Sunday January 8, 2006
Book 7: Emperor Pius Dei — Part IV: Touch and Go
Note: There's a principle known as "brand dilution" in which a brand becomes so successful that all products of a given type end up being referred to by that brand name. 21st-century readers probably buy "band-aids" and "frisbees" without ever sending money to Johnson & Johnson or Wham-O. Naturally, this frustrates the overly-successful capitalists, and nowhere is this more evident than among the already-easily-frustrated French. After all, "champagne" was originally named for a French province. They decided that it should be illegal to call anything "champagne" unless it a) was created in that province, and b) met high standards for pinkness, bubbliness, and whatever else it is that makes champagne champagne.

Entrepreneurial colonists on Celeschul imported large quantities of soil and associated biomass from the champagne province in an effort to circumvent a loophole in the gordian knot of 23rd-century trademark laws. They shortly found themselves stymied by a UNS resolution funded by Neo-Frenchist lobbyists. Desperate, they hired a good marketing firm, established a troupe of "traditional" dancers on their imported french soil, and in good time laid indisputable claim to the trademark "champ du pagne," which translates as "field of the loincloth."

These days the dancing is decidedly second-rate, and rather more naked than it needs to be. The sparkling "champ du pagne" wine, however, is the best in the galaxy. So good, in fact, that by the mid-28th century 95% of the vineyards in California, South Africa, Australia, and France abandoned their businesses entirely. "Champagne" is now the brand name applied to a seasonally popular pink paint. It has no bubbles at all, and may be harmful or fatal if swallowed.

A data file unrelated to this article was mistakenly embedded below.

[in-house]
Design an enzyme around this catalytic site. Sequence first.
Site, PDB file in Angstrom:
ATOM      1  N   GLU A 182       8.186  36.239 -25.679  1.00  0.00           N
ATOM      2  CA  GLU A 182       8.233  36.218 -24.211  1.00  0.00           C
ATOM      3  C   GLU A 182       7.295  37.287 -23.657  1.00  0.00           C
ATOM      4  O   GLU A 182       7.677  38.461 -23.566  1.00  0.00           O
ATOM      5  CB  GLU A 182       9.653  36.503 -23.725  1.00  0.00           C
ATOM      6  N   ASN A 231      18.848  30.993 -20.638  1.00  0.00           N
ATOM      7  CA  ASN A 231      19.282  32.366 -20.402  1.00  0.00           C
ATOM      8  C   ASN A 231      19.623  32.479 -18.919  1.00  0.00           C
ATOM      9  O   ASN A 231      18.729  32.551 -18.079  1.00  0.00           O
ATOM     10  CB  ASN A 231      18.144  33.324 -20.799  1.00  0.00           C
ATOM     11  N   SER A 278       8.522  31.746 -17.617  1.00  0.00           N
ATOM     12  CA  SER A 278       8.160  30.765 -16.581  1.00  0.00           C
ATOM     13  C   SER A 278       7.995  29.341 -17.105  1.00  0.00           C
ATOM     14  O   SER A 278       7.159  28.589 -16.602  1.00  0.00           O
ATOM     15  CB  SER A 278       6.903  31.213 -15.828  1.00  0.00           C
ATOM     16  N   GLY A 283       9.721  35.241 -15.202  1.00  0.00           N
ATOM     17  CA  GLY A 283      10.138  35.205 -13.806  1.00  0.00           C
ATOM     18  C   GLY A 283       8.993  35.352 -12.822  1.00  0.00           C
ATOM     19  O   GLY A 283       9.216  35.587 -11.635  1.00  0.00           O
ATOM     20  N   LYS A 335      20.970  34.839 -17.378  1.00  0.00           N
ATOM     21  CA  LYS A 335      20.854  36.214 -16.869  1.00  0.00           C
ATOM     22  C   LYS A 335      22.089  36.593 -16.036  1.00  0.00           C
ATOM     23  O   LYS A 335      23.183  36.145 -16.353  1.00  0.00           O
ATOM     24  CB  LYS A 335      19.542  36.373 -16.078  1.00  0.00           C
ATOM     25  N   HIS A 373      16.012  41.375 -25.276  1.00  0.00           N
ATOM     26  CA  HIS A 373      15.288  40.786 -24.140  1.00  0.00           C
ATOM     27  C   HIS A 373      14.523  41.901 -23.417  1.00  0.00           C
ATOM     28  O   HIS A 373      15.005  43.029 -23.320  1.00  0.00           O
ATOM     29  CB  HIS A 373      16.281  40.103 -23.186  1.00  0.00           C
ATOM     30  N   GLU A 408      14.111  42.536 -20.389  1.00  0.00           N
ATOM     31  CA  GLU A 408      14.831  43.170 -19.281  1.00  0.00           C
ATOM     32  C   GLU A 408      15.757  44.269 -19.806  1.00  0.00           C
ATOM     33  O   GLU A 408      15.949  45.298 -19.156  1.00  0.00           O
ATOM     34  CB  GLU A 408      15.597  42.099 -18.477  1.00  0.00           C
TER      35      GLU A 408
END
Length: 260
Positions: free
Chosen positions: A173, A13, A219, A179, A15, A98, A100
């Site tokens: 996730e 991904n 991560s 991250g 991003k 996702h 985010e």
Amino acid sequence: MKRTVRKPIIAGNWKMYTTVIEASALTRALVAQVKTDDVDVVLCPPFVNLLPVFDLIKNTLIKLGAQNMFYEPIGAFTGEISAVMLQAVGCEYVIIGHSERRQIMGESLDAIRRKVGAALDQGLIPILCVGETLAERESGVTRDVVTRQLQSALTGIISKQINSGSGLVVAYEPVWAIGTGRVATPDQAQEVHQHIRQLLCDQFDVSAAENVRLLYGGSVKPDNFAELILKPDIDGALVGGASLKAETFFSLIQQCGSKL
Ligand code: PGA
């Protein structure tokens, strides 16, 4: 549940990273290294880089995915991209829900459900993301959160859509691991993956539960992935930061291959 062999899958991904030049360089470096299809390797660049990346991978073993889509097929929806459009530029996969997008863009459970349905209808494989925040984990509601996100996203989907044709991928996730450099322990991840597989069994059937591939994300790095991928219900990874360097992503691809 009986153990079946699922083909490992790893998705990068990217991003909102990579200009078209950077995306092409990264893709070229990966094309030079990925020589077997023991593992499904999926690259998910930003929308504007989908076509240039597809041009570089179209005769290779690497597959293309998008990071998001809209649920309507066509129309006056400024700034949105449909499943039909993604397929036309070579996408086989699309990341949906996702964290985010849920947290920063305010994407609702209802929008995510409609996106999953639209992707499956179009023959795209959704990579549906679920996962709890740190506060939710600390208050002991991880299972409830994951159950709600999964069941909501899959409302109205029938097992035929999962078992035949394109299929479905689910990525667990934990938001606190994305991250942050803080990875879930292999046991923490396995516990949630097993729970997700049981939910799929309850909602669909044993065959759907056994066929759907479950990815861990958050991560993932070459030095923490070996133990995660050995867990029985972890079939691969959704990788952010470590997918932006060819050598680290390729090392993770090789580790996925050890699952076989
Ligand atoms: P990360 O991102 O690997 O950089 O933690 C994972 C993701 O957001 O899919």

Narrator: The entire company has been assembled in the forward rec-deck aboard their soon-to-be-christened mercenary warship.
Kevyn: Company, Attention!
Kevyn: Per ancient tradition, Captain Tagon is E.V.A. with a bottle of the finest sparkling wine, imported from the Champ du Pagne vineyards on Celeschul.
Kevyn: The vessel will receive her name with the breaking of the bottle.
Schlock: What if it breaks the window?
Kevyn: The window is thousands of times stronger than the bottle, Sergeant. Observe. . .
Captain Tagon: I christen thee. . . Touch-And-Go!
Schlock: Looks like the bottle's pretty tough, too.
Captain Tagon: It's okay, I caught it. Let's try this again.
Captain Tagon: I christen thee. . . Touch-And-Go!
Captain Tagon: Now I'll just open it and pour.
Kevyn: Umm. . . Captain, sparkling wine is under pressure.
Schlock: Best christening ever!
Captain Tagon: It's alright. I'm okay!